What can you do with these active, restless young people?
Middle School, or Junior High, is the pre-adolescent time of life most parents dread. Your child is not yet an adult, but he or she is far past young child stage. If you’re homeschooling, these middle school years can be some of the most challenging. You want him to keep learning, but you’re not quite sure how to cope with his changing moods. Successfully navigating these next few years will require more than sound curriculum choices. It will require flexibility and creativity on the part of you, the homeschool parent.
Here are some techniques and tactics for how to successfully homeschool through the middle school years:
1) Give your student plenty of room to spread out. Young people at this age are spreading their wings in many ways. Giving him a workspace where he can sprawl out on his back or on his stomach to work may be just what he needs to feel “free”. Resist the urge to nag about sitting up straight in a chair or about having books spread out all over the floor. After all, what does it really hurt if he is lying down to work? And as long as the books are picked up at the end of the school day, there’s no need to start a battle. Agree on a room or area of the house or garage that he can call his own–at least during school hours.
2) Allow her to listen to good music while she studies. Many of us concentrate best with background sounds of some kind. When I am writing or making lesson plans, I always have music or television on in the background. My mind just works best that way. Whether it’s classical, jazz, or rock, your student may actually need to have some extra input to really concentrate. For you parents who need absolute quiet when working, this advice is going to sound goofy. But remember, you’re trying to make an environment in which your student can work best, and a little music may be just what she needs.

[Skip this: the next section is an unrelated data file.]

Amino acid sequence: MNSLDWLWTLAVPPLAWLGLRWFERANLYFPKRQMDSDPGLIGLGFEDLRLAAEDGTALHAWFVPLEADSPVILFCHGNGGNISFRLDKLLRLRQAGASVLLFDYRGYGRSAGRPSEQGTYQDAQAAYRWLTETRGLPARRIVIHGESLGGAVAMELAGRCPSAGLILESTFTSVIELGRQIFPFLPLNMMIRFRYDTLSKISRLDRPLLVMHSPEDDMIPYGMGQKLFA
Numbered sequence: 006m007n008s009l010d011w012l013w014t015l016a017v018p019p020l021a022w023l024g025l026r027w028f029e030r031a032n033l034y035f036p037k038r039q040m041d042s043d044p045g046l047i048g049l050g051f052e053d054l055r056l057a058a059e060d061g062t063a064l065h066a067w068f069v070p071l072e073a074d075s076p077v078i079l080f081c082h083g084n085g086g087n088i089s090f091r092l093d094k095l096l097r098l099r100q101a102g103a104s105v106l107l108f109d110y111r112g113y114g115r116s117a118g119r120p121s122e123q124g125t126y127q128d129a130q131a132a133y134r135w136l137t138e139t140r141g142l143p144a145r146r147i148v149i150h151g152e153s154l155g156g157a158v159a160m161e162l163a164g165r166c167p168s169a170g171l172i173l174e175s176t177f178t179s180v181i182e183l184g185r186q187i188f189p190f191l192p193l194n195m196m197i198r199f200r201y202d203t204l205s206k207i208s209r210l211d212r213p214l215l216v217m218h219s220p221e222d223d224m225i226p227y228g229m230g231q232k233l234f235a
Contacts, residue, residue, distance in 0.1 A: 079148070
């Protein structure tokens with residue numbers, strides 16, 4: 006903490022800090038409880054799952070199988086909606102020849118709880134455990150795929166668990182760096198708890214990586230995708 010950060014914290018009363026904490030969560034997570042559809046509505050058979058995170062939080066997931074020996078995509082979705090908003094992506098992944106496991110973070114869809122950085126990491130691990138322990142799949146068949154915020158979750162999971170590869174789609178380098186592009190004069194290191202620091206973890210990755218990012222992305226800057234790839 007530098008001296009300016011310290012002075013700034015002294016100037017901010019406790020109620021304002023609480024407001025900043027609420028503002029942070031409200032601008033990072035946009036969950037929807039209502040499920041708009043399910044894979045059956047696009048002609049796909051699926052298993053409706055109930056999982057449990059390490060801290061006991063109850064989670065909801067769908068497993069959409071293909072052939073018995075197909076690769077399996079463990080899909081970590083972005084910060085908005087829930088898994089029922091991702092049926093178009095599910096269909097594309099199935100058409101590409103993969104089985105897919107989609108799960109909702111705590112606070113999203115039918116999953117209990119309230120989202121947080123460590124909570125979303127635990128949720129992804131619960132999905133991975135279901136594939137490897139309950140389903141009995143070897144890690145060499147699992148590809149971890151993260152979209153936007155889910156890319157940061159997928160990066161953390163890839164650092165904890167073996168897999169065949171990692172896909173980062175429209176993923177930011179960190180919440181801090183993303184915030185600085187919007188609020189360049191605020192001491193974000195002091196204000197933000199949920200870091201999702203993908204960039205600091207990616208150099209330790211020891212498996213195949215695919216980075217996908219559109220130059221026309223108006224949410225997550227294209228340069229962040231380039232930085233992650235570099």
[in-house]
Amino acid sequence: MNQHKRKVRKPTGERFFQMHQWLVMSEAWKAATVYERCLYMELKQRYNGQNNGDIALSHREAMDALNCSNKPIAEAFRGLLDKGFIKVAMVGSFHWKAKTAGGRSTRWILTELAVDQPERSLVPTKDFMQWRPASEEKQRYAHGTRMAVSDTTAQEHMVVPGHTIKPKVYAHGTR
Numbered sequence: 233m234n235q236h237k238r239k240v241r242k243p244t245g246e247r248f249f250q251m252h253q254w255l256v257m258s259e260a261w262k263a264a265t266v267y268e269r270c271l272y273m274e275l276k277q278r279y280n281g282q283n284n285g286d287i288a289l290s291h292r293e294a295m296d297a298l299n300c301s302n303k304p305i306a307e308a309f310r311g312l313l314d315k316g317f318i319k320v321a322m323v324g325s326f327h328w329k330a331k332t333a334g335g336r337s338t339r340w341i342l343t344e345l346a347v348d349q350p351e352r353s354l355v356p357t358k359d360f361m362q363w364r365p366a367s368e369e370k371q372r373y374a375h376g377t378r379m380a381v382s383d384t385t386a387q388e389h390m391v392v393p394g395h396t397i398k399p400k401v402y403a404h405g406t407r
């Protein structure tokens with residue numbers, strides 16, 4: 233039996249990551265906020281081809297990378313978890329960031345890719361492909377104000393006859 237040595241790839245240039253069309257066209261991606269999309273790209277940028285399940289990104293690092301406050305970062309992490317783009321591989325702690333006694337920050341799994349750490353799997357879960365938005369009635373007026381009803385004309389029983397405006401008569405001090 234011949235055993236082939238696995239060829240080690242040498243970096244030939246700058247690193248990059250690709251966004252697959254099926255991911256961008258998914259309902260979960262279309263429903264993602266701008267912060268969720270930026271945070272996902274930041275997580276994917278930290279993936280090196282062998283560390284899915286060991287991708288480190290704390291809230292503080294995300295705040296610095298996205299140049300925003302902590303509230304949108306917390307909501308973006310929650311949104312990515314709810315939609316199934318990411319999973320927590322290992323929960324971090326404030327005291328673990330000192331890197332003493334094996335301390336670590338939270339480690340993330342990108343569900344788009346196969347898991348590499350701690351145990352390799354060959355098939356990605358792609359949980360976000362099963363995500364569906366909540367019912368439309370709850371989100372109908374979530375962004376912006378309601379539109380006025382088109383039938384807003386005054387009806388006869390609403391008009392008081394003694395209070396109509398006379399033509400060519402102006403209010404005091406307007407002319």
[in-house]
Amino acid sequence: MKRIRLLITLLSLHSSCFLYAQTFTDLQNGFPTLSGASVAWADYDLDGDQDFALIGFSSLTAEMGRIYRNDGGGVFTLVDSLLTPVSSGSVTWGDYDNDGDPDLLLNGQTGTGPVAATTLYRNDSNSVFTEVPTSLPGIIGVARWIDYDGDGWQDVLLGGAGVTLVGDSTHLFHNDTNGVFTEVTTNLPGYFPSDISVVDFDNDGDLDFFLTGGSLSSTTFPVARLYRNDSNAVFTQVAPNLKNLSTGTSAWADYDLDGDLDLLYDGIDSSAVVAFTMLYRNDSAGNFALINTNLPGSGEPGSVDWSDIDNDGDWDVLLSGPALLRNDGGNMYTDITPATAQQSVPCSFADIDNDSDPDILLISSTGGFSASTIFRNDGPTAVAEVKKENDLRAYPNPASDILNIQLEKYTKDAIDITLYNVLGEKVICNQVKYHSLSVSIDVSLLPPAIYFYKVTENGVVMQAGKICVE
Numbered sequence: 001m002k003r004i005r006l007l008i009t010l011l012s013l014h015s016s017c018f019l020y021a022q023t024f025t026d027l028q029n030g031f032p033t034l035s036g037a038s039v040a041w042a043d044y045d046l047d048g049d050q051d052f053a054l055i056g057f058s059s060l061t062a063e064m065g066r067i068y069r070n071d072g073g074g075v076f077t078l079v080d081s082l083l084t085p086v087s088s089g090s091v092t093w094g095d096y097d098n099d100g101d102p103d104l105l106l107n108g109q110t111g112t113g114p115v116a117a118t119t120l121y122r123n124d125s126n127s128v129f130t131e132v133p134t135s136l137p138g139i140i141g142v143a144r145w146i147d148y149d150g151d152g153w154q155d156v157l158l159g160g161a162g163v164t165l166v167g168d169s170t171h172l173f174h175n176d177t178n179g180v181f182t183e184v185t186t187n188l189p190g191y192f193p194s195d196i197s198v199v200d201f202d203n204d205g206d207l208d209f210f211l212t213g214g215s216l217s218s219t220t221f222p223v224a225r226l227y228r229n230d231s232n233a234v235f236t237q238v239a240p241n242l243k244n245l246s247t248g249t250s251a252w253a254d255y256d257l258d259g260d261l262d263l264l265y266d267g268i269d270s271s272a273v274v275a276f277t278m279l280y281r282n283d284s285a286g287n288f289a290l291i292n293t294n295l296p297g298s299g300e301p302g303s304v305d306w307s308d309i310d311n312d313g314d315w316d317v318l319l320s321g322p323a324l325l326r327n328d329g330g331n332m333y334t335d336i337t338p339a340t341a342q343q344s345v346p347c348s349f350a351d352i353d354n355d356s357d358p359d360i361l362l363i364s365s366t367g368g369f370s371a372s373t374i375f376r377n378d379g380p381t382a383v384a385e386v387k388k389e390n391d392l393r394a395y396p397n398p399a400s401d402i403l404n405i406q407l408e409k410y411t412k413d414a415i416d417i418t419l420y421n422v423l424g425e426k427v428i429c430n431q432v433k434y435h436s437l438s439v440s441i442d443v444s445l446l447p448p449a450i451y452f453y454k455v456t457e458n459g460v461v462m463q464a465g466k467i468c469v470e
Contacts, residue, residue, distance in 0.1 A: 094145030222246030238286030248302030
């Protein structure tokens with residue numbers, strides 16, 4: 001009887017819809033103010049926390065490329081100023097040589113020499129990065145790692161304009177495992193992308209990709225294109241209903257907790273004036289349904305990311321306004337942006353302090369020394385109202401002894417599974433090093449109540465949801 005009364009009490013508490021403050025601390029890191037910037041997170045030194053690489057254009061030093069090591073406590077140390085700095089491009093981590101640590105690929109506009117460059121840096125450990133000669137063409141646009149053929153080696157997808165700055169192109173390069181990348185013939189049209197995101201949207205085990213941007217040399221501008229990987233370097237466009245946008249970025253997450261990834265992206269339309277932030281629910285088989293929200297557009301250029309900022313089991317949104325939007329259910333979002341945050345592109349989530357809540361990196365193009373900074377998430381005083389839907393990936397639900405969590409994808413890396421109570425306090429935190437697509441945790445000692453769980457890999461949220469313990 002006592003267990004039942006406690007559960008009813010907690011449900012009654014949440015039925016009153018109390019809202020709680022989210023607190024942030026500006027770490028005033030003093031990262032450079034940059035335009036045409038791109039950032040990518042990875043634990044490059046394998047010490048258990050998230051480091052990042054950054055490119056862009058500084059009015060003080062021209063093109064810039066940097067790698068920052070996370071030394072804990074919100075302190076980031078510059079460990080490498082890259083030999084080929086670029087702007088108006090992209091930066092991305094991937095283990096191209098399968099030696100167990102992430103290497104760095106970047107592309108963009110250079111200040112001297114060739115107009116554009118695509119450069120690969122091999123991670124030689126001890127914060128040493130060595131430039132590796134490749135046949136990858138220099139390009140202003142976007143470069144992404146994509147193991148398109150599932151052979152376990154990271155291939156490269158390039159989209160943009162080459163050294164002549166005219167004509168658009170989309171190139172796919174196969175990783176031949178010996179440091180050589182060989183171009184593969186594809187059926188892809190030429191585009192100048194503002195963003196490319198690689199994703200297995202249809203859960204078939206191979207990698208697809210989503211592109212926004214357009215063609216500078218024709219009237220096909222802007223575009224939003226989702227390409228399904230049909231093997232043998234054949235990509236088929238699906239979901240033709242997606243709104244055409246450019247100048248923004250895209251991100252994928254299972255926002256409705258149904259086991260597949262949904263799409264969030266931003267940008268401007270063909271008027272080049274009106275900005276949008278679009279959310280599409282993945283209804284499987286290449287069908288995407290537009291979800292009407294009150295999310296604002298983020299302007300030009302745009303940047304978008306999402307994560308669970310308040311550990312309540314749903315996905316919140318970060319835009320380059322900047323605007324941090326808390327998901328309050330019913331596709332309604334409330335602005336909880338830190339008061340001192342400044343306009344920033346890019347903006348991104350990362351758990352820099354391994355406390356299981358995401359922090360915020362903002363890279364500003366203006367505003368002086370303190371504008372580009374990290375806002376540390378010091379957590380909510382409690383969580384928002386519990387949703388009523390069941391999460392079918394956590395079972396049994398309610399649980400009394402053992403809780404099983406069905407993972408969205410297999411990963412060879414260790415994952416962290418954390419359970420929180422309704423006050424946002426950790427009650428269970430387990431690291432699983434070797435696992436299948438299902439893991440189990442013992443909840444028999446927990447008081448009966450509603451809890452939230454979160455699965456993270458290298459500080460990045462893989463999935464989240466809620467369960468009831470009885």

3) Stock your homeschool library with lots of good books. My kids rolled their eyes as I would periodically pick up a “classic” at the bookstore. But in time, they picked those books up off the shelf and read every one of them! One of the best learning tools we found as we tackled those classics was to read along in the paper book while listening to the audio book. Many students will really enjoy following along in the text while listening, especially if they struggle with reading. They can start and stop the CD or tape when needed and make notes according to your assignment. You don’t even have to be there!
4) Give them anything that is hands-on, including computer-based learning. Learning with DIME blocks, Legos, electronic circuits, or a handheld device of any kind stimulates today’s teens and pre-teens. We live in an information and technology age, so let them use technology in their learning. Most jobs today require extensive knowledge of basic computer programs such as Word and Excel. Kids need to develop innate comfort with the computer to be ready for those positions when they look for their first job. Many homeschool families find online learning to be a great choice for their middle school and high school students.
5) Let them have a say in how the room or the school area is decorated. Within your budget, let your student arrange the furniture, paint, hang new curtains, put up posters, and generally add her unique touch to ‘her’ school area. This gives her ownership of the room, and it gives her some control over it. Teens love to have this type of independence, and you may even find that there is less complaining about doing school. Caution: If you give permission for them to do some decorating, you need to resist the urge to micromanage the process. Don’t give them control and then take it back again. Your student will feel resentful, and a great idea will turn into a conflict in a hurry. This is your chance to take a step back and practice letting go. Be willing to change things up a bit in your homeschool, and your children will appreciate you for it.